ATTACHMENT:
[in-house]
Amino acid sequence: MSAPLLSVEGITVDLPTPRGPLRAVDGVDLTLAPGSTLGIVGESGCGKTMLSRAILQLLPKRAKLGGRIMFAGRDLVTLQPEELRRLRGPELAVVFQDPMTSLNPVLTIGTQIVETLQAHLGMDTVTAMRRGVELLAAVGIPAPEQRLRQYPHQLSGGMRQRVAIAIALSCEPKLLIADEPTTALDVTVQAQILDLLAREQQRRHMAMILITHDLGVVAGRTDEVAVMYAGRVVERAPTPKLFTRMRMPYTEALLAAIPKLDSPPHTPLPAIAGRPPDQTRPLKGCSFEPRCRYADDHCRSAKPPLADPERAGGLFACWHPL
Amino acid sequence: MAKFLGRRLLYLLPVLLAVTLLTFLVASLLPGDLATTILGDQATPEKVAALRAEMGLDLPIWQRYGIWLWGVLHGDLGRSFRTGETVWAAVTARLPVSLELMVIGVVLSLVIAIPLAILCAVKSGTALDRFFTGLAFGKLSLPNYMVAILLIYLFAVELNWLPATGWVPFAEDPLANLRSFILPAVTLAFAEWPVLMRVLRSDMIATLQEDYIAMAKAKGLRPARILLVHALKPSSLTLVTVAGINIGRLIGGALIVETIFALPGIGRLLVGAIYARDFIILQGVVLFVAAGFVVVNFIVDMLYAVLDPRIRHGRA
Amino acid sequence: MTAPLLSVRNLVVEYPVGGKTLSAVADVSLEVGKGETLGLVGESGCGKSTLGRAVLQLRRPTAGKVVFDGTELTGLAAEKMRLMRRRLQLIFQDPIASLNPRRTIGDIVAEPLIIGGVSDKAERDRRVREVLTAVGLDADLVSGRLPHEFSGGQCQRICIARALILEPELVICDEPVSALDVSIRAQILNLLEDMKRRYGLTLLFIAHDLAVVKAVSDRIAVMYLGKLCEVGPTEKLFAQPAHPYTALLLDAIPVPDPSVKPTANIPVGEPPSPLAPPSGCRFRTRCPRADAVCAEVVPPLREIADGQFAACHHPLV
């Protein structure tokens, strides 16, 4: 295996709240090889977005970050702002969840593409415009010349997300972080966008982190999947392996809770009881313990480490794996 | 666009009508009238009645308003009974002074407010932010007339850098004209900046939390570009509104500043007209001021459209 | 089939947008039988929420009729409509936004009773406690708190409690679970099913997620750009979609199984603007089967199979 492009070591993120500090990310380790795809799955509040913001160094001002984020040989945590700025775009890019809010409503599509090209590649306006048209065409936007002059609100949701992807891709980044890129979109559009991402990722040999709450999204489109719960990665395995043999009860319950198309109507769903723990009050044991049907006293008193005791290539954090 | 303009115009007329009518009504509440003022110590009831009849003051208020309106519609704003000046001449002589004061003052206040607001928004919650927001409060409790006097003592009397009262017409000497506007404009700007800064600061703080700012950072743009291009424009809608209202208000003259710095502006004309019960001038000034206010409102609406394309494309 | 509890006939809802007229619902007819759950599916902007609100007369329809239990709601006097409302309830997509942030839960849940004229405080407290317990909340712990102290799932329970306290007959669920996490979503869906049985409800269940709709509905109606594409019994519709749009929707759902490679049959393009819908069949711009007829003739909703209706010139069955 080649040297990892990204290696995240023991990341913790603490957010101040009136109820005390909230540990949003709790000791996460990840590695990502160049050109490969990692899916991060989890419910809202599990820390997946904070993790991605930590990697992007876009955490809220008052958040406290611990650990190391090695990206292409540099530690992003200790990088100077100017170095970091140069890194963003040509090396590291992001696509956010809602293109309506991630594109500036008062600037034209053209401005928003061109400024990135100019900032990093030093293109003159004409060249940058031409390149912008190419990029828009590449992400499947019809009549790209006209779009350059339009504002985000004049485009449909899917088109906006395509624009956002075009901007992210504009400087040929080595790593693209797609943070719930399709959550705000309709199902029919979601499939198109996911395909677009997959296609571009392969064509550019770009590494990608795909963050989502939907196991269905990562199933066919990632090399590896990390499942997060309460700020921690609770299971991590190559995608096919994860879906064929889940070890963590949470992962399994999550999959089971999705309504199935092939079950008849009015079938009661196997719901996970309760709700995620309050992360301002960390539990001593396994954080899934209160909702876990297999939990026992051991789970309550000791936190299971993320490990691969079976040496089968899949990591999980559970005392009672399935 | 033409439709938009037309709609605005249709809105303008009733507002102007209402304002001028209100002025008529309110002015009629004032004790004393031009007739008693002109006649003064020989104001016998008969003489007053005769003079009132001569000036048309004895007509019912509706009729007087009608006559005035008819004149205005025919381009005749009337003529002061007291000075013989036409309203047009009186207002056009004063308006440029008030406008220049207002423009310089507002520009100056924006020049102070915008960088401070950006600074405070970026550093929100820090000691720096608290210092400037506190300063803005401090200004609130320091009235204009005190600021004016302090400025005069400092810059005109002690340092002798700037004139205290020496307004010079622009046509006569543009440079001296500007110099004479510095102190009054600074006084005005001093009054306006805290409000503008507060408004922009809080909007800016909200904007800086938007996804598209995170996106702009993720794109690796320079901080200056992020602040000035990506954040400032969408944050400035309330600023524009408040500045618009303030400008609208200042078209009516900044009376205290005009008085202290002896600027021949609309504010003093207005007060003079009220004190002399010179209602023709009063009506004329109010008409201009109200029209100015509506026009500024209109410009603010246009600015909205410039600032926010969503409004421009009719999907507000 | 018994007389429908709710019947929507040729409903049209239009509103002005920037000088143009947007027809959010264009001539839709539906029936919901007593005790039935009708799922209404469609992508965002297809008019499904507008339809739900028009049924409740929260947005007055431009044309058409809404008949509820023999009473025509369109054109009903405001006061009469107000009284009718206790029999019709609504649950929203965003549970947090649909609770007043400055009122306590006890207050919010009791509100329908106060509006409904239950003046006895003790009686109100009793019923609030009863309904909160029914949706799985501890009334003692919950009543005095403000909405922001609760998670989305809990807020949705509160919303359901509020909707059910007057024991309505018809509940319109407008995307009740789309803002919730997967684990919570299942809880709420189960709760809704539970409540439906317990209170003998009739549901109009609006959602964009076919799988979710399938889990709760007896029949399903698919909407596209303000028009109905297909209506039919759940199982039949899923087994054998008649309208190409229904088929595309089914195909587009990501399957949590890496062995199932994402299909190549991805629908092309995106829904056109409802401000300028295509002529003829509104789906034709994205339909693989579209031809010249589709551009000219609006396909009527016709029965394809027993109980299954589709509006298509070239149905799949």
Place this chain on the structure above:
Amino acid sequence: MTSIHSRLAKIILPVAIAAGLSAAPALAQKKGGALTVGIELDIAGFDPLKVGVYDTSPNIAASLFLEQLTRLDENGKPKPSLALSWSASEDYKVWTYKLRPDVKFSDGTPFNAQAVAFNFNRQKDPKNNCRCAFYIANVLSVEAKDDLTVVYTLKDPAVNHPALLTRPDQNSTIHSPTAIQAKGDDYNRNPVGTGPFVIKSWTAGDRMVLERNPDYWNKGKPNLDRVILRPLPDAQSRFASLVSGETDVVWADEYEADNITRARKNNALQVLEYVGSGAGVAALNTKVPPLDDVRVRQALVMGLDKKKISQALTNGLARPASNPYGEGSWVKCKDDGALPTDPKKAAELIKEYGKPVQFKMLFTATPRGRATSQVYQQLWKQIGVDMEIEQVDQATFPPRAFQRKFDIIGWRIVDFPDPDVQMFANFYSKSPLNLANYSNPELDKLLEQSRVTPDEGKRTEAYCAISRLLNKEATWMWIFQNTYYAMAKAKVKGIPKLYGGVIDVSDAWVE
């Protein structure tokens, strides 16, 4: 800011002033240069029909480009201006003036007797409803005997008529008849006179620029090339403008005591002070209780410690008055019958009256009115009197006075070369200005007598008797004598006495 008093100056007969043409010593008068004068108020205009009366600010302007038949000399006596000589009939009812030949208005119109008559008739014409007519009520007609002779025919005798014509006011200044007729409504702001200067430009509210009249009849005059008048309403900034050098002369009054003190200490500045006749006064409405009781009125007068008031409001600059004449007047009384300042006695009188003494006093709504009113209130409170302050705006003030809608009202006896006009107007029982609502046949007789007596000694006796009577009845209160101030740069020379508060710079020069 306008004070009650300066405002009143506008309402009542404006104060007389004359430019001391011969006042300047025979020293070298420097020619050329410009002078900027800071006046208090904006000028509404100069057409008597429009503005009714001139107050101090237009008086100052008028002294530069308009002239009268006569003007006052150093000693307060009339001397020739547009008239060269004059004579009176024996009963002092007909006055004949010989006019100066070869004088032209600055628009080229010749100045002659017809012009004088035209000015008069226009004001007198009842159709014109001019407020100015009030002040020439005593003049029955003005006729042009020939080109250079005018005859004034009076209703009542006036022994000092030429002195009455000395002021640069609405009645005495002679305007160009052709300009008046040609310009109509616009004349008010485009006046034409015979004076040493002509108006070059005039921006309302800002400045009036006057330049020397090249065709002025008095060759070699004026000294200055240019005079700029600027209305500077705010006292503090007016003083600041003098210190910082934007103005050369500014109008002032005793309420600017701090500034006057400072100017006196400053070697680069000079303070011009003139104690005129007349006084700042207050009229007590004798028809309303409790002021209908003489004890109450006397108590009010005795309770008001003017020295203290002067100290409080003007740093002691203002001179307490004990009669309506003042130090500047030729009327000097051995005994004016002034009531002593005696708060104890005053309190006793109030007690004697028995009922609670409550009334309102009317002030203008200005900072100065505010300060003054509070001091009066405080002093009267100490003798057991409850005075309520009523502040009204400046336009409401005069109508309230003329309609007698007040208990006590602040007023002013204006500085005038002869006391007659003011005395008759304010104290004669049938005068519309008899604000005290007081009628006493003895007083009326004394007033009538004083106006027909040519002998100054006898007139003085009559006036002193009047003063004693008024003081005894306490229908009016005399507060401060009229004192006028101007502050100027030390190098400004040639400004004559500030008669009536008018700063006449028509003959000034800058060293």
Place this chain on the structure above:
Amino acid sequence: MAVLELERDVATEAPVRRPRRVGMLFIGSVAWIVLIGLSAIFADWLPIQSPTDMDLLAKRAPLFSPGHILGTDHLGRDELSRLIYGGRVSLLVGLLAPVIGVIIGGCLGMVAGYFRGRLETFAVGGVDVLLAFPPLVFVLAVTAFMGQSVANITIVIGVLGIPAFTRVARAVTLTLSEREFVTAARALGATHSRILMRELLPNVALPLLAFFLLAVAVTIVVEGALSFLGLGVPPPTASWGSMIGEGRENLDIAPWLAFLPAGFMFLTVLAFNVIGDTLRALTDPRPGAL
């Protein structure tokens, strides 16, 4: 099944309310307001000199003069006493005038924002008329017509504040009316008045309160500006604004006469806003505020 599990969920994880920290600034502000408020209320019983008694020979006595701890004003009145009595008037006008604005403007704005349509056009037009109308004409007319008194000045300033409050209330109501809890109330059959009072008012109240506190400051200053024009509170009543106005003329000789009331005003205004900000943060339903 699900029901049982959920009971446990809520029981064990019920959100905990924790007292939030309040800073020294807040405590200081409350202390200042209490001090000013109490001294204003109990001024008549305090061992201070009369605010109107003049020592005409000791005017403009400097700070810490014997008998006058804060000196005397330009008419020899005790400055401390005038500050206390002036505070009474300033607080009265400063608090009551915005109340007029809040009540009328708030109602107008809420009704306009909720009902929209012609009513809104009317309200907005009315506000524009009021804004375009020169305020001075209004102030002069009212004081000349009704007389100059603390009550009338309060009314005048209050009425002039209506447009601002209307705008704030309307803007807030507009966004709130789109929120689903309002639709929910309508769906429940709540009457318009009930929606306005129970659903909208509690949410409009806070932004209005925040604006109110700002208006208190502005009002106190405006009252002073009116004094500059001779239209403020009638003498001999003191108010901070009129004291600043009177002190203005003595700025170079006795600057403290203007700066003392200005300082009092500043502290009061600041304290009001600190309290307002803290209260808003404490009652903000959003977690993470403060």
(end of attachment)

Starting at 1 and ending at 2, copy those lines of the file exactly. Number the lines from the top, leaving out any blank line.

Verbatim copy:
[in-house]
Amino acid sequence: MSAPLLSVEGITVDLPTPRGPLRAVDGVDLTLAPGSTLGIVGESGCGKTMLSRAILQLLPKRAKLGGRIMFAGRDLVTLQPEELRRLRGPELAVVFQDPMTSLNPVLTIGTQIVETLQAHLGMDTVTAMRRGVELLAAVGIPAPEQRLRQYPHQLSGGMRQRVAIAIALSCEPKLLIADEPTTALDVTVQAQILDLLAREQQRRHMAMILITHDLGVVAGRTDEVAVMYAGRVVERAPTPKLFTRMRMPYTEALLAAIPKLDSPPHTPLPAIAGRPPDQTRPLKGCSFEPRCRYADDHCRSAKPPLADPERAGGLFACWHPL